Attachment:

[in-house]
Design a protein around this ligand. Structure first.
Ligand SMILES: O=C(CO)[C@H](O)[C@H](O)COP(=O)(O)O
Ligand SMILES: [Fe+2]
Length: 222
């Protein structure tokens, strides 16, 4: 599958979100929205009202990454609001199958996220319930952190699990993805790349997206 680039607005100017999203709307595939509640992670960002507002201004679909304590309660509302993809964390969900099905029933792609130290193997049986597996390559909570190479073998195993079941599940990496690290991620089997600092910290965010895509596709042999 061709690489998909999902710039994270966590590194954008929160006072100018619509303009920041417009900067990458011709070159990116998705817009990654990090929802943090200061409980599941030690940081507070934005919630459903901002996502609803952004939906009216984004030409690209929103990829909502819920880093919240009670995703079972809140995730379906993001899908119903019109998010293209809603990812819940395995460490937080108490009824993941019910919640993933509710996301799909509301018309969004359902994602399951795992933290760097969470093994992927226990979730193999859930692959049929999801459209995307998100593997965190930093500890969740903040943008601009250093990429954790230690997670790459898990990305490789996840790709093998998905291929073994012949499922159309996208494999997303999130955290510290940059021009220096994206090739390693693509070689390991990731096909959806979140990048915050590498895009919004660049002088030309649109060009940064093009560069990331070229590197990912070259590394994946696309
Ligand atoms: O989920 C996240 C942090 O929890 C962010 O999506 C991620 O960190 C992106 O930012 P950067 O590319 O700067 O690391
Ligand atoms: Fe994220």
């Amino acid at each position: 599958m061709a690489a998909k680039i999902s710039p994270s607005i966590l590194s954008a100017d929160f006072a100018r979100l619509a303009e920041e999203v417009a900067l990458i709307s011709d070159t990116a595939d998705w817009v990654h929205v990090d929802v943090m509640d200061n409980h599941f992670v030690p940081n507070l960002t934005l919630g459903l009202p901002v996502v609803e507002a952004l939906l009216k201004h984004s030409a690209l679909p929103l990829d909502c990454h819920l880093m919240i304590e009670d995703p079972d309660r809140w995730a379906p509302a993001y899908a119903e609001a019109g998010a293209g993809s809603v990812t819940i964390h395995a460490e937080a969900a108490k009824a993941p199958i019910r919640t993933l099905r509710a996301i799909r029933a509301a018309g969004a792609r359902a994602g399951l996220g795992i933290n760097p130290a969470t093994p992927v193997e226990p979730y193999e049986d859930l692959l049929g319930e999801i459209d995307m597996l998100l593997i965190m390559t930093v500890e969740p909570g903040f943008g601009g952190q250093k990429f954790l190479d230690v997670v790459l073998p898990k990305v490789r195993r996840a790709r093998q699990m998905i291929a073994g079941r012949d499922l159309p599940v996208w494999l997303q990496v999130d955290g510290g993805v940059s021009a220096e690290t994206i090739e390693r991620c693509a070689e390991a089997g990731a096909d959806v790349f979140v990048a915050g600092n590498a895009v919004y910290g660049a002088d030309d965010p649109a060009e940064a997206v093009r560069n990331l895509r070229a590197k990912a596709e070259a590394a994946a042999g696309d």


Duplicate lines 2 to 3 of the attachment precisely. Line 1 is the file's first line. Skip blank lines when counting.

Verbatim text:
Design a protein around this ligand. Structure first.
Ligand SMILES: O=C(CO)[C@H](O)[C@H](O)COP(=O)(O)O